Prior to living in the sticks of Northern California I had never been exposed to small town radio before. I grew up listening to the seasoned pros in major markets like the Bay Area, San Diego, the O.C. and L.A. The jocks who work in these large metropolitan areas are typically slick and polished. Yet they had all paid their dues in some one horse town like Fort Bragg. And they all have stories to tell of how they had to sweep the studio floor, wash windows, buff the microphone or shine up the console. The listener may think you’ve reached celebrity status but you’re really nothing more than a juke box with a feather duster. I wonder if Wolfman Jack would have had the same mystique if people knew he was pushing a broom to ‘Heartbreak Hotel’.
Small town radio can also sound a lot like amateur hour. Mistakes which would be unforgivable in the big city are numerous in the more rural communities. Your only saving grace is that the listeners are quite accustomed to it. And for some, that little crackpot station might be their only point of reference of what real broadcasting is all about. In small town U.S.A. it is not uncommon to hear some bumbling jock trip over his tongue between records, or butcher the news, or introduce Barry Manilow as Willy Nelson. It happens. And back in the day when songs were still recorded on vinyl platters you could hear music segues that resembled the sounds you might hear coming from a train wreck. These rinky-dink stations also put out more dead air than a graveyard. Either the deejay miscalculated in his back timing, got distracted with a phone call or took too long in the bathroom. Maybe you’ve wondered what jocks do when they have to go. Well, in my day they’d put on ‘Macarthur Park’. This was an extremely long song and most jocks I knew didn’t even care for the tune. In my humble opinion, the only reason it got as much airplay as it did was it gave deejays ample time to run to the toilet. You can thank our bladders for getting that song on Billboard’s Top 40. The album version of ‘American Pie’ also aided us in the area of potty breaks. If broadcasting school had trained us to hold our pee for four hours Don McClean might never have scored a number one hit with that song.
I had my first blooper the very first day I started at KDAC. To add insult to injury, it happened the very first time I opened up the microphone. All I was supposed to do was give a quick station ID. You would think anyone could pull off a simple assignment such as this. I don’t know how I blew it but I did. In all honesty, I thought I had nailed it and had come across like a true veteran of the airwaves. I was certain that my stellar voice had cut through the coastal fog and enchanted its way into the hearts of countless deejay groupies who dreamt under majestic pines while clutching transistor radios tight to their bosoms. I knew they would be begging for more after hearing my smooth and rich voice announce, “KDAC, Los Angeles.” But all that pride and fantasy took a nosedive when Dave reminded me, “It’s KDAC, Fort Bragg!”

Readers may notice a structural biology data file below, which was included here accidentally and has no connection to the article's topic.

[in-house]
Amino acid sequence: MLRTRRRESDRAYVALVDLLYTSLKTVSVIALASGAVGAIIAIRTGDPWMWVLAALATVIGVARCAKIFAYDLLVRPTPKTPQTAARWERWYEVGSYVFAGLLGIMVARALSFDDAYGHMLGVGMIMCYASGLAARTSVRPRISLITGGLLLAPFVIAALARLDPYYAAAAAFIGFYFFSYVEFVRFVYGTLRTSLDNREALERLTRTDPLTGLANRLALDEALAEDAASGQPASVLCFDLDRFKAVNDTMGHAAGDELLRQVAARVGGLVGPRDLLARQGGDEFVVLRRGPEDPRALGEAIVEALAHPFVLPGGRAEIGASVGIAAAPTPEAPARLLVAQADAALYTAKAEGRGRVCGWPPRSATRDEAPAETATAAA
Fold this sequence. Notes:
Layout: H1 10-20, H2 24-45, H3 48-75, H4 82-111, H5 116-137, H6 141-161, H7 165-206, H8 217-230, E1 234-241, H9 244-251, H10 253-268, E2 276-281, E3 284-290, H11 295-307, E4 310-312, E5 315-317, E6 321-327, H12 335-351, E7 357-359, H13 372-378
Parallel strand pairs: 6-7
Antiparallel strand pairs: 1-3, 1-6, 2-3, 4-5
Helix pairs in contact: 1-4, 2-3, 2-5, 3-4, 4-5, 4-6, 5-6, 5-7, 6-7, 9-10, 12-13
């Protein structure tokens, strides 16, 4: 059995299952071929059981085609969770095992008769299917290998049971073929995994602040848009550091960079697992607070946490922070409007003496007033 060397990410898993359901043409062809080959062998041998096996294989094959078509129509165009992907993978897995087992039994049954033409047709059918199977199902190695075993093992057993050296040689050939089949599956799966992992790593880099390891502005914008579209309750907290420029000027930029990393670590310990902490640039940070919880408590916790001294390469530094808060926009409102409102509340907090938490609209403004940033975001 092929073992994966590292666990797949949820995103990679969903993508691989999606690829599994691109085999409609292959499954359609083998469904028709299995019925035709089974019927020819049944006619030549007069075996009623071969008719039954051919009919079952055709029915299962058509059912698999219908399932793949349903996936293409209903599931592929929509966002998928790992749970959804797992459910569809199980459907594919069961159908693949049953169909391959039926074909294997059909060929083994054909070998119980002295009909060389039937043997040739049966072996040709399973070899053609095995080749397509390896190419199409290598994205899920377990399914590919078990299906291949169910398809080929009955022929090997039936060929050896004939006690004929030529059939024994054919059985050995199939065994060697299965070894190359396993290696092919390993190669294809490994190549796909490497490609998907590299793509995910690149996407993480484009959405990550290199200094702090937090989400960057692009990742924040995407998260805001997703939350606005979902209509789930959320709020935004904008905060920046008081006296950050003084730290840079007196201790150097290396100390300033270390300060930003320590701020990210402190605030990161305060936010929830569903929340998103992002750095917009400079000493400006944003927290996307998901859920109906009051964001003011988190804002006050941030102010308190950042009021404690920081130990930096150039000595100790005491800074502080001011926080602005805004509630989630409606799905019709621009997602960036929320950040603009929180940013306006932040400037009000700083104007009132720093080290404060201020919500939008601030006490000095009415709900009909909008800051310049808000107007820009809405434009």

This would not be the last of my blunders; there would be a host of others to follow. Generally speaking I’d get hammered every time I read news copy. It seems like I was always mispronouncing important words like ‘gubernatorial’. Even though ‘goober natural’ is a much more amusing way to express such a drab term, my boss wasn’t impressed in the least. Reading sports copy proved to be an even bigger catastrophe for me. Because I never took an interest in competitive games most sports terms were as foreign to me as tuna fish is to Jessica Simpson. However, because I have read my fair share of PGA headlines I now know that a ‘bogey’ is not to be confused with those irritating little objects found in ones nostrils. When I blew that one the GM really got teed off but… that was par for the course.
For a good while there I was working seven days per week at KDAC. Weekends were especially rough. My shift would end at midnight on Saturday and I’d be back in the saddle on Sunday morning at six sharp. For the first couple hours it was all religious programming. Reverend J. Vernon McGee’s program would play off a huge reel-to-reel recorder and after he wrapped up I’d cut live to a local church feed. I had no interest in any either of these broadcasts and, quite honestly, they had a way of lulling my heavy eyelids back to sleep. One time, after finding my face flat on the console, I saw poor McGee’s program spinning helplessly off the reel. After a quick glance at the clock I soon realized that I was responsible for ten full minutes of dead air. It seems that everyone else in Fort Bragg was snoozing like I was as not one person ever called to complain.